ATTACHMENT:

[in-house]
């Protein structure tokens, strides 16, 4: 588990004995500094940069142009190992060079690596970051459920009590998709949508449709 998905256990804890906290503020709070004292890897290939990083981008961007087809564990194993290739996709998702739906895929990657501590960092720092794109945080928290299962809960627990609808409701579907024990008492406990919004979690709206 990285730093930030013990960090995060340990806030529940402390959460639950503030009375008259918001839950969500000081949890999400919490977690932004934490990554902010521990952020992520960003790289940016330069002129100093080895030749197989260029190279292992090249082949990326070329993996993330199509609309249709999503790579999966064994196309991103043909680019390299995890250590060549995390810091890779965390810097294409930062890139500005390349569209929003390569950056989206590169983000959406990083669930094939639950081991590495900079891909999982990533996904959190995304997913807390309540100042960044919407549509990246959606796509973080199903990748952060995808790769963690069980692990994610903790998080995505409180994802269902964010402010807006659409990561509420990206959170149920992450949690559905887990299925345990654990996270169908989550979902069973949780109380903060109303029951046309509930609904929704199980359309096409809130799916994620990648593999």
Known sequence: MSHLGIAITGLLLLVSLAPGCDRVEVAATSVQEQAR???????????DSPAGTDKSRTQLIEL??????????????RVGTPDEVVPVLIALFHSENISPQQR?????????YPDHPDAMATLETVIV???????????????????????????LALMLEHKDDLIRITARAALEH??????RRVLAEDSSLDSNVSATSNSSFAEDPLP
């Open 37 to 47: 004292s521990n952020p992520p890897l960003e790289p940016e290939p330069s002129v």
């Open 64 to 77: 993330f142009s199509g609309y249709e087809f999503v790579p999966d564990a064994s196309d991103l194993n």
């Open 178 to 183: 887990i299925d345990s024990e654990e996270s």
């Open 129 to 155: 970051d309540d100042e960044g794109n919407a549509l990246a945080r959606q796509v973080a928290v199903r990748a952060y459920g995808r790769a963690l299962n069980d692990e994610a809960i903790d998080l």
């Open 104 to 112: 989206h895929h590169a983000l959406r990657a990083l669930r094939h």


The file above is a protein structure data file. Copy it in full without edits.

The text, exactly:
[in-house]
């Protein structure tokens, strides 16, 4: 588990004995500094940069142009190992060079690596970051459920009590998709949508449709 998905256990804890906290503020709070004292890897290939990083981008961007087809564990194993290739996709998702739906895929990657501590960092720092794109945080928290299962809960627990609808409701579907024990008492406990919004979690709206 990285730093930030013990960090995060340990806030529940402390959460639950503030009375008259918001839950969500000081949890999400919490977690932004934490990554902010521990952020992520960003790289940016330069002129100093080895030749197989260029190279292992090249082949990326070329993996993330199509609309249709999503790579999966064994196309991103043909680019390299995890250590060549995390810091890779965390810097294409930062890139500005390349569209929003390569950056989206590169983000959406990083669930094939639950081991590495900079891909999982990533996904959190995304997913807390309540100042960044919407549509990246959606796509973080199903990748952060995808790769963690069980692990994610903790998080995505409180994802269902964010402010807006659409990561509420990206959170149920992450949690559905887990299925345990654990996270169908989550979902069973949780109380903060109303029951046309509930609904929704199980359309096409809130799916994620990648593999």
Known sequence: MSHLGIAITGLLLLVSLAPGCDRVEVAATSVQEQAR???????????DSPAGTDKSRTQLIEL??????????????RVGTPDEVVPVLIALFHSENISPQQR?????????YPDHPDAMATLETVIV???????????????????????????LALMLEHKDDLIRITARAALEH??????RRVLAEDSSLDSNVSATSNSSFAEDPLP
């Open 37 to 47: 004292s521990n952020p992520p890897l960003e790289p940016e290939p330069s002129v």
């Open 64 to 77: 993330f142009s199509g609309y249709e087809f999503v790579p999966d564990a064994s196309d991103l194993n």
């Open 178 to 183: 887990i299925d345990s024990e654990e996270s």
């Open 129 to 155: 970051d309540d100042e960044g794109n919407a549509l990246a945080r959606q796509v973080a928290v199903r990748a952060y459920g995808r790769a963690l299962n069980d692990e994610a809960i903790d998080l």
């Open 104 to 112: 989206h895929h590169a983000l959406r990657a990083l669930r094939h």